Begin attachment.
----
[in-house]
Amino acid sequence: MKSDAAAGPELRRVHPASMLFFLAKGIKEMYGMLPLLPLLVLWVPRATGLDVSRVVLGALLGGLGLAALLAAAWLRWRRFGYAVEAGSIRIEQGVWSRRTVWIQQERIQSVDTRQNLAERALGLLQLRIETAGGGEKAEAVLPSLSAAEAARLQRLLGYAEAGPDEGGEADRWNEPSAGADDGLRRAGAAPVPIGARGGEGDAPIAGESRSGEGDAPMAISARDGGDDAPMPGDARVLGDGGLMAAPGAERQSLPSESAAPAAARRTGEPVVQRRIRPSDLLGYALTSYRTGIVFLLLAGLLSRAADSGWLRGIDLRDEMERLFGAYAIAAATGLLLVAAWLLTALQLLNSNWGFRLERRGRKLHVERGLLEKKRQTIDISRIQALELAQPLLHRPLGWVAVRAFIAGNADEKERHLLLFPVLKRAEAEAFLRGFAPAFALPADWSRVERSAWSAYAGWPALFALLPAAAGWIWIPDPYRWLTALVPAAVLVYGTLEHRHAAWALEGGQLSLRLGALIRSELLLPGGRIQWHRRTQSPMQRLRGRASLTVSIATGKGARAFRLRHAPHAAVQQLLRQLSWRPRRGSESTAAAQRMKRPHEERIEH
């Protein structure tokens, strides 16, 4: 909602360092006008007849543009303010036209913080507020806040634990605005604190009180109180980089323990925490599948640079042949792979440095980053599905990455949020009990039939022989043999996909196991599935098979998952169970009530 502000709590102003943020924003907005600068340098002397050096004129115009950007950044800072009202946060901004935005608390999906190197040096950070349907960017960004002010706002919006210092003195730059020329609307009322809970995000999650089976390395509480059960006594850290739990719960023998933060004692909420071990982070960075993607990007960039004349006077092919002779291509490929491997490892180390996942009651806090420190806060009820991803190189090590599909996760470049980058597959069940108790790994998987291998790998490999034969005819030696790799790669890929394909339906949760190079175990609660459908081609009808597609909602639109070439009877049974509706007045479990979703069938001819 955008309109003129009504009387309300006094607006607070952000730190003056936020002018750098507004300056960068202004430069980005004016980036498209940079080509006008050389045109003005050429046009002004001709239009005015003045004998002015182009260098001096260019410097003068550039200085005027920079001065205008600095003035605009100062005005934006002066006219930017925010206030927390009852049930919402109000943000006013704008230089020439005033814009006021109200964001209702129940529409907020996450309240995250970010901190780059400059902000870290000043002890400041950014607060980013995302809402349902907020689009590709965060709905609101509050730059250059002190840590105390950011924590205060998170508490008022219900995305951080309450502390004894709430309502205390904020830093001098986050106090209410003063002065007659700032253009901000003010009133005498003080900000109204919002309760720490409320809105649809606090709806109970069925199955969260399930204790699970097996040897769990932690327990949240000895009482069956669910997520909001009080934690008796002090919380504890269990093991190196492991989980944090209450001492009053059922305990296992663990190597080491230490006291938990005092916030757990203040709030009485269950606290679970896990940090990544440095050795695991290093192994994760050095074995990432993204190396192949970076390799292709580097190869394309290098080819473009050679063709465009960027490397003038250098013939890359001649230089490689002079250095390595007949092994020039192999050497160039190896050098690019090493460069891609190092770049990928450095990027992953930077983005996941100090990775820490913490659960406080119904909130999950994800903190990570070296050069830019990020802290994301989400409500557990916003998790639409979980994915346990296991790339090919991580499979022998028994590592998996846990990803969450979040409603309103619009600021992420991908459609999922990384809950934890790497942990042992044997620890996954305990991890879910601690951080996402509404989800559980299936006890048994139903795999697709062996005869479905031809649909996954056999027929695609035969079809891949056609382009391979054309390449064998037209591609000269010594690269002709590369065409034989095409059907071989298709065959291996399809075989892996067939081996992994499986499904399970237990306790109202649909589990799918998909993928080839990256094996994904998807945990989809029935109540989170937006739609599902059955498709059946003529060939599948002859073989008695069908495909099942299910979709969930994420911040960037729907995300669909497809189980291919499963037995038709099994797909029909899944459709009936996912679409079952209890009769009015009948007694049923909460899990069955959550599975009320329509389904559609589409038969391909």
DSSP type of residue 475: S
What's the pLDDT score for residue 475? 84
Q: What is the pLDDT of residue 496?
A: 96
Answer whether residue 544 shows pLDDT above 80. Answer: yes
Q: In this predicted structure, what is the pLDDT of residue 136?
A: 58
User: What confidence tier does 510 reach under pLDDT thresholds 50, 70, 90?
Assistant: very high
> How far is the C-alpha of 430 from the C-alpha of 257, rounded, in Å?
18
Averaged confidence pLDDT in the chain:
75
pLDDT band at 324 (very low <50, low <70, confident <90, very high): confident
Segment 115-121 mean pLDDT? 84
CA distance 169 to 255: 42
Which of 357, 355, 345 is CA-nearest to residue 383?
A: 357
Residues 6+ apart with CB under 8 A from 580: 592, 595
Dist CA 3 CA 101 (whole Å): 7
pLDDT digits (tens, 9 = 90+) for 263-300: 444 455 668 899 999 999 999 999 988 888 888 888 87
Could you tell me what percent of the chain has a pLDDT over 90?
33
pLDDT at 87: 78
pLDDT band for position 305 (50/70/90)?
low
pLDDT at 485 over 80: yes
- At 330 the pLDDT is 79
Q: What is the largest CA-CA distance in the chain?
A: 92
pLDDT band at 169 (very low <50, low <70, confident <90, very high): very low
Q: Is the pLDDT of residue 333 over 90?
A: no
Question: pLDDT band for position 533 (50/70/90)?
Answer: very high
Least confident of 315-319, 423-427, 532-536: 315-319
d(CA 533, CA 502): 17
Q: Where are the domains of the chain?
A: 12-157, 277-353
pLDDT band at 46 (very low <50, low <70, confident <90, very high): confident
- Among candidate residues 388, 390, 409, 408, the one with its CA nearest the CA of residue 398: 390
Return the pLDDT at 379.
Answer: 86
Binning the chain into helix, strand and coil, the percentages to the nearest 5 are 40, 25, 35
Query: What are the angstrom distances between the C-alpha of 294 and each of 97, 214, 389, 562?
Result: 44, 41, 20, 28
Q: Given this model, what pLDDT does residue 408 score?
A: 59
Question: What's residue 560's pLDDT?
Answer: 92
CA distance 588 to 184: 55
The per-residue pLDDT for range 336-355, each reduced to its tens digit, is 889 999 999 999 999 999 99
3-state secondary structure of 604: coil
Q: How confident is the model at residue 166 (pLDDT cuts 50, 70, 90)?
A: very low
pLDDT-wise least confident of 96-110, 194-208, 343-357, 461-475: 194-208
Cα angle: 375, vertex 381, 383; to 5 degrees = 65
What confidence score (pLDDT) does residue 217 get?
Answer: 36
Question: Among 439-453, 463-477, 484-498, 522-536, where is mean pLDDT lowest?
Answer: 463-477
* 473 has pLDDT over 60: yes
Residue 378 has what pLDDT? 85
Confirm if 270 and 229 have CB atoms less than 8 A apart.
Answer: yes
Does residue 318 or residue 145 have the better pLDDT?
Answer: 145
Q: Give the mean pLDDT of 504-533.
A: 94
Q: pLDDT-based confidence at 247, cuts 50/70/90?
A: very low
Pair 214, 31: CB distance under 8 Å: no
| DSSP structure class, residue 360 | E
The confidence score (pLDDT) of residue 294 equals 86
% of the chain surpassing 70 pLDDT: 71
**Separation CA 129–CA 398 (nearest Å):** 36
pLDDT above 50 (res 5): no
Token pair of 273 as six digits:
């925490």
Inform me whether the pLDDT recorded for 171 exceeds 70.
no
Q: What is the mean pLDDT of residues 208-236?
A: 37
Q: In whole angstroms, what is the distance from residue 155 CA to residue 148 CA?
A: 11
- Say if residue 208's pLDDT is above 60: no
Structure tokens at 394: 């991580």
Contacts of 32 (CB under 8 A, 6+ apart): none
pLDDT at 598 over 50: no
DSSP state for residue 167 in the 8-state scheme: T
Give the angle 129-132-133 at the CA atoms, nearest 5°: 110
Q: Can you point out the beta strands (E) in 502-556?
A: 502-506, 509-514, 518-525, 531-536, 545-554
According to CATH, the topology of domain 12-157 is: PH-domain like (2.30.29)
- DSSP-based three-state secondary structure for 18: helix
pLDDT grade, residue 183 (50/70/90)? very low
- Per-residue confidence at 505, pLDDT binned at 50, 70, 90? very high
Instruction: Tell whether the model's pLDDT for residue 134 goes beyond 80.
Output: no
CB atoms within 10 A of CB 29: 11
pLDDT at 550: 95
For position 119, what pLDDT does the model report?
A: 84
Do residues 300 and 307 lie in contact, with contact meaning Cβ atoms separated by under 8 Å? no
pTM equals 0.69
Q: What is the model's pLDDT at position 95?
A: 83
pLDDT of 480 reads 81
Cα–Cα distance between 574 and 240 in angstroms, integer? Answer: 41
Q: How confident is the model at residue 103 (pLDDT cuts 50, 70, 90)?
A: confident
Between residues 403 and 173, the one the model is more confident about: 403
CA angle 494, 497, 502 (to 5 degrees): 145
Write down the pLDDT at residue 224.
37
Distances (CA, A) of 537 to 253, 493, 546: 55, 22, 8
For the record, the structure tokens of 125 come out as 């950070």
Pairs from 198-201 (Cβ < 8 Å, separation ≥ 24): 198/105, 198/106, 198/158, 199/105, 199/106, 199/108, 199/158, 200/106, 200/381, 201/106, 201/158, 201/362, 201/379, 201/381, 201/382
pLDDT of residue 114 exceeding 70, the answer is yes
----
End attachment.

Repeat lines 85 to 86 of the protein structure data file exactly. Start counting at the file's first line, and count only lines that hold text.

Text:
Q: What is the mean pLDDT of residues 208-236?
A: 37